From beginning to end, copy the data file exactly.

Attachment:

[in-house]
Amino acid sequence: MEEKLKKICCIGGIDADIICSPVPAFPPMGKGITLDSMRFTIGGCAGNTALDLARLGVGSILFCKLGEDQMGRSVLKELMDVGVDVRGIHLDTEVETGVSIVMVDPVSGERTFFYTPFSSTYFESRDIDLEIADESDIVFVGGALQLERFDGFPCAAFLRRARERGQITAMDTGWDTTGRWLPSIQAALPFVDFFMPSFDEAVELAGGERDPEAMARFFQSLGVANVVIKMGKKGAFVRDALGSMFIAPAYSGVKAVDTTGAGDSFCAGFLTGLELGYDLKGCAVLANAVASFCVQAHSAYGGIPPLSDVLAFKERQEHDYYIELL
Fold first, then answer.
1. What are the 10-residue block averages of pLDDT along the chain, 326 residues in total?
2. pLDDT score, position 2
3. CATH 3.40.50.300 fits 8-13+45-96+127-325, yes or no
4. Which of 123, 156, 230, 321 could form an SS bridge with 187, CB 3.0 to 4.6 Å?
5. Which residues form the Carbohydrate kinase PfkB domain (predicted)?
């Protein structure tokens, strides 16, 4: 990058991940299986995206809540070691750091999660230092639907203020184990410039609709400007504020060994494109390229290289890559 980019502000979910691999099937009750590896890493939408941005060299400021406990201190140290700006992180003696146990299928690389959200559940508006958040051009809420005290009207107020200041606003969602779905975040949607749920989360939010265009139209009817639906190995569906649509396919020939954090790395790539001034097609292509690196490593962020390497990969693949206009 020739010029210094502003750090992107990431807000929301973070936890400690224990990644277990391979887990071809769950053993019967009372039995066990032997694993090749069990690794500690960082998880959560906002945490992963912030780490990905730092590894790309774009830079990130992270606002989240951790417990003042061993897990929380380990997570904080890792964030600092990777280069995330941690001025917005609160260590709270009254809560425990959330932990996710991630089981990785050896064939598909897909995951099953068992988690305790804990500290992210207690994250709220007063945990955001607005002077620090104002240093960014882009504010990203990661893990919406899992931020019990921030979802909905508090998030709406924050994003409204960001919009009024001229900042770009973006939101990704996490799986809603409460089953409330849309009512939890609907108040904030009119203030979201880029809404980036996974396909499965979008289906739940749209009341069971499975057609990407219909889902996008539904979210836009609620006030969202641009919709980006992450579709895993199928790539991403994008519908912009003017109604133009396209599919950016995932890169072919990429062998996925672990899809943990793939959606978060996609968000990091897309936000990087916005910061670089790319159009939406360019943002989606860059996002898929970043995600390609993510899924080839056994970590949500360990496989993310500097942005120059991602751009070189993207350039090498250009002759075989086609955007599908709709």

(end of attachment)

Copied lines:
[in-house]
Amino acid sequence: MEEKLKKICCIGGIDADIICSPVPAFPPMGKGITLDSMRFTIGGCAGNTALDLARLGVGSILFCKLGEDQMGRSVLKELMDVGVDVRGIHLDTEVETGVSIVMVDPVSGERTFFYTPFSSTYFESRDIDLEIADESDIVFVGGALQLERFDGFPCAAFLRRARERGQITAMDTGWDTTGRWLPSIQAALPFVDFFMPSFDEAVELAGGERDPEAMARFFQSLGVANVVIKMGKKGAFVRDALGSMFIAPAYSGVKAVDTTGAGDSFCAGFLTGLELGYDLKGCAVLANAVASFCVQAHSAYGGIPPLSDVLAFKERQEHDYYIELL
Fold first, then answer.
1. What are the 10-residue block averages of pLDDT along the chain, 326 residues in total?
2. pLDDT score, position 2
3. CATH 3.40.50.300 fits 8-13+45-96+127-325, yes or no
4. Which of 123, 156, 230, 321 could form an SS bridge with 187, CB 3.0 to 4.6 Å?
5. Which residues form the Carbohydrate kinase PfkB domain (predicted)?
């Protein structure tokens, strides 16, 4: 990058991940299986995206809540070691750091999660230092639907203020184990410039609709400007504020060994494109390229290289890559 980019502000979910691999099937009750590896890493939408941005060299400021406990201190140290700006992180003696146990299928690389959200559940508006958040051009809420005290009207107020200041606003969602779905975040949607749920989360939010265009139209009817639906190995569906649509396919020939954090790395790539001034097609292509690196490593962020390497990969693949206009 020739010029210094502003750090992107990431807000929301973070936890400690224990990644277990391979887990071809769950053993019967009372039995066990032997694993090749069990690794500690960082998880959560906002945490992963912030780490990905730092590894790309774009830079990130992270606002989240951790417990003042061993897990929380380990997570904080890792964030600092990777280069995330941690001025917005609160260590709270009254809560425990959330932990996710991630089981990785050896064939598909897909995951099953068992988690305790804990500290992210207690994250709220007063945990955001607005002077620090104002240093960014882009504010990203990661893990919406899992931020019990921030979802909905508090998030709406924050994003409204960001919009009024001229900042770009973006939101990704996490799986809603409460089953409330849309009512939890609907108040904030009119203030979201880029809404980036996974396909499965979008289906739940749209009341069971499975057609990407219909889902996008539904979210836009609620006030969202641009919709980006992450579709895993199928790539991403994008519908912009003017109604133009396209599919950016995932890169072919990429062998996925672990899809943990793939959606978060996609968000990091897309936000990087916005910061670089790319159009939406360019943002989606860059996002898929970043995600390609993510899924080839056994970590949500360990496989993310500097942005120059991602751009070189993207350039090498250009002759075989086609955007599908709709």